Tuesday, July 21, 2009
Pan Marino (Rosemary Bread)
Ah Rosemary. I love rosemary.
Since moving to California, I've discovered I can have rosemary growing in a pot outside year round. This was a huge discovery, as I'd never been able to keep rosemary alive for the winter months in Wisconsin (perhaps my thumb wasn't green enough, perhaps I wasn't growing it properly, perhaps I should have let the rosemary winter inside...). Anyway, I also love bread. And when one combines rosemary and bread it's just heaven. Heaven on the nose, heaven in the mouth. It has a yum factor of 11 (I know, the yum factor only goes to 10, but it's just that good). So today I present to you Pan Marino! This is my go-to bread for many meals, but mostly I love this bread with soup. I'm making a corn and "sausage" chowder for dinner this evening, so naturally I'm making some rosemary bread to go with it.
I think I've babbled on enough! I'm guessing you understand that I love rosemary and bread and when combined it makes me so very happy! So without further ado, here is the recipe:
Rosemary Bread (Pan Marino), makes 2 Batards:
1 ounce yeast (active dry)
8 ounces (1 cup) H2O
8 ounces (1 cup) Milk
1/4 cup fresh Rosemary, chopped fine (if you like even more rosemary in your bread, by all means add more)
3/4 ounce Salt (I use kosher salt for this, but any salt will do)
2 pounds of Bread Flour
3 ounces Olive Oil
Kosher Salt to sprinkle over the loaves before they go into the oven
1. Place the active dry yeast, the water and the milk into a large bowl. Whisk to moisten the yeast and let it sit for about 5 minutes.
2. Add the rest of the ingredients, except for the salt for sprinkling, and mix until the dry ingredients are moistened. Turn this out onto a lightly floured work surface (I use a wooden cutting board) and knead the dough until it is smooth and elastic. This will take 10 to 15 minutes.
3. Form the dough into a ball and place it into an oiled bowl that is large enough to allow for the dough to double in size. Cover the bowl with plastic wrap or a damp towel, and allow it to rise for about 1 1/2 hours or until doubled.
4. Turn the dough out onto a lightly floured work surface:
Gently press the dough down and divide the dough in half:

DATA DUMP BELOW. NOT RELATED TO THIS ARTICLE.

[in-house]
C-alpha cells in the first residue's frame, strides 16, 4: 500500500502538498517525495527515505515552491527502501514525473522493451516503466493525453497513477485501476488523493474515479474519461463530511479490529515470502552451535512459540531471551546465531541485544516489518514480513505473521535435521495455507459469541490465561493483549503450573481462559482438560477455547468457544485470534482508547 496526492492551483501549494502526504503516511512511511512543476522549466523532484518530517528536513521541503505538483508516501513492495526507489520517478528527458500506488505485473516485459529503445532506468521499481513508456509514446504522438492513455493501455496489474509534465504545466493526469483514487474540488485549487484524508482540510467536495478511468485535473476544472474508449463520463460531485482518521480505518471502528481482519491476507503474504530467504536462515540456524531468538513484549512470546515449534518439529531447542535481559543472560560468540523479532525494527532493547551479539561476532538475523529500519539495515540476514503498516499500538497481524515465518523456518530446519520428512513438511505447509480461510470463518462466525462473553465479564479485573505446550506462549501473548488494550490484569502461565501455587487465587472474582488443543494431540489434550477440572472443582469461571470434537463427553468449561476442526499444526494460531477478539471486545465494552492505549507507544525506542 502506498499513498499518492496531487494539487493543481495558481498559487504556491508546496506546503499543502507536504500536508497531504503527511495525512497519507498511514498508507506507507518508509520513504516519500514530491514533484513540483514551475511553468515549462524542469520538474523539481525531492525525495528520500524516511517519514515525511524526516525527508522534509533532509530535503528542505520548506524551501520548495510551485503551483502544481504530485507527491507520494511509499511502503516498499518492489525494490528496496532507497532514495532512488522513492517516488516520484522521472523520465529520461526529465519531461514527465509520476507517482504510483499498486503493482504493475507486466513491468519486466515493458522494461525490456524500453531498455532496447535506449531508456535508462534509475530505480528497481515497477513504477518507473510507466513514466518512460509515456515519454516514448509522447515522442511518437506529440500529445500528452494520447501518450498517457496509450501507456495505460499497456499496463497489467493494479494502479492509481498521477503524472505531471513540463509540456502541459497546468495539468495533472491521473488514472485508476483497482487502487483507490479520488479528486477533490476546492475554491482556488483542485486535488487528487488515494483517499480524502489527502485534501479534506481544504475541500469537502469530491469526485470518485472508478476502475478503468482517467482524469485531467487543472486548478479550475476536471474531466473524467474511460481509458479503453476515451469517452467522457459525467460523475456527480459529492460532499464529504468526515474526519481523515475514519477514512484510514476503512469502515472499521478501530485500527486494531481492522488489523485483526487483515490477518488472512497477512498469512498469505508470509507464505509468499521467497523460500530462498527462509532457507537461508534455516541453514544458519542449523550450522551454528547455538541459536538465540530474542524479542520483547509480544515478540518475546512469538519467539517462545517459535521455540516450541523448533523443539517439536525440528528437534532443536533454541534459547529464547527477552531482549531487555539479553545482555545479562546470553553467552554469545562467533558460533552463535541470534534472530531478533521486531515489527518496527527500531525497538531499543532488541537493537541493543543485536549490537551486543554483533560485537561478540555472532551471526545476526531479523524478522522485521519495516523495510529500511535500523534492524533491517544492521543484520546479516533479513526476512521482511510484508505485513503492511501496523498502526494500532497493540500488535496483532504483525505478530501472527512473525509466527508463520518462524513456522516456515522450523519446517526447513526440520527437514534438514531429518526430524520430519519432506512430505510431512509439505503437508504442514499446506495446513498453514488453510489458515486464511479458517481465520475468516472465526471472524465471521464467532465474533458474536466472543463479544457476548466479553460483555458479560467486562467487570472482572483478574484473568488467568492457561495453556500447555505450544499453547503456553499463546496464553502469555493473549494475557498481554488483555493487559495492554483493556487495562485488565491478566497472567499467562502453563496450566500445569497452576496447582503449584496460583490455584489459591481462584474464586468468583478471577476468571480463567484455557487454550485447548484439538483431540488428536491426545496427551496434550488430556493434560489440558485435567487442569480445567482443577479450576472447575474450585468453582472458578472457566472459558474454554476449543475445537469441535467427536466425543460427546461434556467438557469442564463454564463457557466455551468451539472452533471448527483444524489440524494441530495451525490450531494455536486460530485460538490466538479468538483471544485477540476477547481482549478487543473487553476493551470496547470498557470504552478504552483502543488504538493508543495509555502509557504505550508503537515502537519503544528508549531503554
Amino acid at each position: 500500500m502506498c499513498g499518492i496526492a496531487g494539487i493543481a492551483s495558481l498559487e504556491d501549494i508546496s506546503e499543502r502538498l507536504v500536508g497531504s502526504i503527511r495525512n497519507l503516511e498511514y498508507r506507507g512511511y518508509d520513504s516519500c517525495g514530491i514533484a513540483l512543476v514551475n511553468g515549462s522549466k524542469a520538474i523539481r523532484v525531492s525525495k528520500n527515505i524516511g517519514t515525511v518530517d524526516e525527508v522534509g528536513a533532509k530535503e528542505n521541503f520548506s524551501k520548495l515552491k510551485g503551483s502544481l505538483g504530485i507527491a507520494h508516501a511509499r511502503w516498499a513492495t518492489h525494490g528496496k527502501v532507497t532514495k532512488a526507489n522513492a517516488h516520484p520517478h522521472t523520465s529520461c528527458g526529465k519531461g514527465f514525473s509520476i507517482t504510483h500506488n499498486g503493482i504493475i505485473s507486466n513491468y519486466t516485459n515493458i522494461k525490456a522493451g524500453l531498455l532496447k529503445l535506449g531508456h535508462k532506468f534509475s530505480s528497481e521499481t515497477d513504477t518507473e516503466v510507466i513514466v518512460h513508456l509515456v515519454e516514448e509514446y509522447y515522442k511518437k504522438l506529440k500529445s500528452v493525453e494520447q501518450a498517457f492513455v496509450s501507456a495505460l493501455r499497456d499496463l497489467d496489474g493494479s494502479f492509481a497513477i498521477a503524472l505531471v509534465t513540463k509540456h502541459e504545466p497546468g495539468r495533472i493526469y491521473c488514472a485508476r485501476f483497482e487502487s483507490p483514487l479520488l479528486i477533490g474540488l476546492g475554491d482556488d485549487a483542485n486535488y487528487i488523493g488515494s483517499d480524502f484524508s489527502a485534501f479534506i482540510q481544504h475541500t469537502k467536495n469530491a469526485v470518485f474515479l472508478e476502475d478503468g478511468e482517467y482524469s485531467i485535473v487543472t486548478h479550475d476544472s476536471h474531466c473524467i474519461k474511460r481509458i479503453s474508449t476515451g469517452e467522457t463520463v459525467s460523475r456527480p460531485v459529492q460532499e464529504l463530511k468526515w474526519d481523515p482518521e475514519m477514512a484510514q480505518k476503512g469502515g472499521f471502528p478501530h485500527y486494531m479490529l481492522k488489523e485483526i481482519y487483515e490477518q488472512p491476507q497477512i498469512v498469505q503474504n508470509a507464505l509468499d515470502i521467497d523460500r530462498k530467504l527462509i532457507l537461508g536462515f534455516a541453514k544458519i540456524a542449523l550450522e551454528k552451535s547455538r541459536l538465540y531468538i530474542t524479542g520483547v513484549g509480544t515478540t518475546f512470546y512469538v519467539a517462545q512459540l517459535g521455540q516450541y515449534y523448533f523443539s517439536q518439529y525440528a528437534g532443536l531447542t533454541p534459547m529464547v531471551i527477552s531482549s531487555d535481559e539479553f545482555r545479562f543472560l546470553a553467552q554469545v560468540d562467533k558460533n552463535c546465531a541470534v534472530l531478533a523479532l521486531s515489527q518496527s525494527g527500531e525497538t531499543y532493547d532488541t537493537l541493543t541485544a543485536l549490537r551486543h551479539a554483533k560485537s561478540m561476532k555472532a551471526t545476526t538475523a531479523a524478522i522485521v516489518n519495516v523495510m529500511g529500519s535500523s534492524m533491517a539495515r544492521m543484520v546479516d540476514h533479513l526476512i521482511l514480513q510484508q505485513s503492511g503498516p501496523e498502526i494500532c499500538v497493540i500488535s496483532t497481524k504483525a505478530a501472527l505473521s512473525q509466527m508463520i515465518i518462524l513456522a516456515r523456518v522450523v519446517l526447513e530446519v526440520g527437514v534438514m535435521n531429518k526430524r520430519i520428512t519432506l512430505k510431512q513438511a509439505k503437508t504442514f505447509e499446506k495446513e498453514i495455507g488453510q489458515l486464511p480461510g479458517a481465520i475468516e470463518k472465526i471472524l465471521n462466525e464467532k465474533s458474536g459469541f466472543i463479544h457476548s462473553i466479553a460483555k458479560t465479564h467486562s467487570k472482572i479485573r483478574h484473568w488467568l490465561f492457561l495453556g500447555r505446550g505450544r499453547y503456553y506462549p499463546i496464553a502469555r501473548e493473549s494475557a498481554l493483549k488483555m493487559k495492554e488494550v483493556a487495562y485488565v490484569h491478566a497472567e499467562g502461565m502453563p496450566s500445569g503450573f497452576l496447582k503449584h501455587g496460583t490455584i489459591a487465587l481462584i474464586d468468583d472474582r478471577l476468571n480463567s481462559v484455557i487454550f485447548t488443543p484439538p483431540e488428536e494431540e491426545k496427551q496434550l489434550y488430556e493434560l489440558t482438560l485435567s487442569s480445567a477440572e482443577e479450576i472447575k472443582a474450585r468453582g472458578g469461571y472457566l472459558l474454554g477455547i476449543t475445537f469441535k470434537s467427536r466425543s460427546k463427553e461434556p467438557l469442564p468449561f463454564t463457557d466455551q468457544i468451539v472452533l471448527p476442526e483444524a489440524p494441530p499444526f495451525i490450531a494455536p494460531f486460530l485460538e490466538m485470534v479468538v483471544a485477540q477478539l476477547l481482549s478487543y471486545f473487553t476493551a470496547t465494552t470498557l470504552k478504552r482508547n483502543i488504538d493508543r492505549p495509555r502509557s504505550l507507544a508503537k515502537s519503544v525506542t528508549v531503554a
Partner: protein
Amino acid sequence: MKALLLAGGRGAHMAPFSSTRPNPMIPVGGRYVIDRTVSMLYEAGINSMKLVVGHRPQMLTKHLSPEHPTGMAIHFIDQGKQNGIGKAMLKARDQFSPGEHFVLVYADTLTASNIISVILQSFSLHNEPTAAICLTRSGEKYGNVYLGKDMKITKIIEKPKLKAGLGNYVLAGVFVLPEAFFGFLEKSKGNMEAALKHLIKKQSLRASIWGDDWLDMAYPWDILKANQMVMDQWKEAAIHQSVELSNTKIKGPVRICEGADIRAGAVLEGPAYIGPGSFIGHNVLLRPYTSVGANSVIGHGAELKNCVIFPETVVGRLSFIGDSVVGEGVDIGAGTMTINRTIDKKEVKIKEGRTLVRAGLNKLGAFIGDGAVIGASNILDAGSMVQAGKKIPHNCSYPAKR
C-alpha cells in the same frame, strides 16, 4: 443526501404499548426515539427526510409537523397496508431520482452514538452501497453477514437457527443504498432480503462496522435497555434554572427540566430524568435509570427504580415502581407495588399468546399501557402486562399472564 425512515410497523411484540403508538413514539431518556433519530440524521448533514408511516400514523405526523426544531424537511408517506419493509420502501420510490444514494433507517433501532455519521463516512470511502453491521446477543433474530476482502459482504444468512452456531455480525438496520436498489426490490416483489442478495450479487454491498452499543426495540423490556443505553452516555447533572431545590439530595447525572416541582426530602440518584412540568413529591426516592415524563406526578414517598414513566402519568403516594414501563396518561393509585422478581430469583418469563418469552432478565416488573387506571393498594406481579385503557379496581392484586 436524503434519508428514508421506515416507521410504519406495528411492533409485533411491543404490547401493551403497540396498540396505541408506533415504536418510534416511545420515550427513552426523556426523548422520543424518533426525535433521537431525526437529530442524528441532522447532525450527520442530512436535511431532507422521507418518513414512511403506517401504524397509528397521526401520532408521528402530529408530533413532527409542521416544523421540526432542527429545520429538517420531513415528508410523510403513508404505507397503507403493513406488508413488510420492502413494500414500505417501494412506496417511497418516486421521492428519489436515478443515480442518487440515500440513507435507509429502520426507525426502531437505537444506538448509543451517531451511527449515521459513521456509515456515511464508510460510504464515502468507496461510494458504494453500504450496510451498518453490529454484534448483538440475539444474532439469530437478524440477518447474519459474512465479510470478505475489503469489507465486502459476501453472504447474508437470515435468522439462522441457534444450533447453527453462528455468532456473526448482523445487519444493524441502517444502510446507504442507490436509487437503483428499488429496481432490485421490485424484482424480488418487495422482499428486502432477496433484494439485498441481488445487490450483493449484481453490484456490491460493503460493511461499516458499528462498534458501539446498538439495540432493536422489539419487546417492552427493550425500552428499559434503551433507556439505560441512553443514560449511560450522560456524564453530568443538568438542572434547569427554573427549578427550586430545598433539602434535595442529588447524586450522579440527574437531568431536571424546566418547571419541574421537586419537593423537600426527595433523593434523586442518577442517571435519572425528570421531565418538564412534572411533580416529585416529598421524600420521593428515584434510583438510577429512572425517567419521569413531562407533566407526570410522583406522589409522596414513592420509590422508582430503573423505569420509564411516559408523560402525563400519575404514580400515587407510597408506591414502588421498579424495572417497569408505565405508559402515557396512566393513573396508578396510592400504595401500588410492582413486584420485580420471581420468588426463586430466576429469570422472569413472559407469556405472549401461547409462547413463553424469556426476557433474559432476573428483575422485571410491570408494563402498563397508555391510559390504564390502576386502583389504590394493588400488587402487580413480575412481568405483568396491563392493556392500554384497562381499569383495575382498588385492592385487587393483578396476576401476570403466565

Shape the loaves...I press each half into a rectangle shape, fold up the bottom third of the loaf and then begin tightly rolling the top of the rectangle towards me. When I am at the end, I press the ends together with the heel of my hand to seal the seams together. I then roll the loaf back and forth a bit to "taper" the ends with my hands. This is how I form a Batard:
5. Place the batards onto a sheet pan that has been sprinkled with corn meal (I use a baking stone, so I place them onto a cutting board that is sprinkled with corn meal, and then use that as a peel when I want to slide the bread onto the stone), spray them lightly with a bit of oil and cover with plastic wrap (or a damp cloth) and let them rest for about 40 minutes, or until you can press your finger lightly into the loaf and the indentation just stays. At this point, preheat your oven to 450 degrees F.
6. When the loaves are ready to go into the oven, uncover them, spray them lightly with water, sprinkle them lightly with the kosher salt, give them a good few slashes (I use a double edged razor blade attached to the end of a chopstick...a serrated knife will do, or a lame, if you have one):
Place them in the oven (or slide them if you are using a peel and baking stone), if you have a way to add steam to the oven, do so (I have a really old pan that I put in the bottom of the oven, and add hot water to after the bread is on the stone), set the timer for 15 minutes. After 15 minutes, lower the oven temp to 400 degrees F, give the bread a turn, and then let it bake anywhere from 10 to 30 minutes longer, depending on how dark you like your crust. The bread should feel light when you take it out of the oven.
7. Allow the bread to cool, if you are able..really, it's best to let the crumb cool and set up! Although bread right out of the oven is lovely. Slice and serve!
As I mentioned above, this is great with soup..it's also wonderful sliced thin with a drizzle of olive oil, a smear of goat cheese and a little toast time in the oven. Mmmmmm.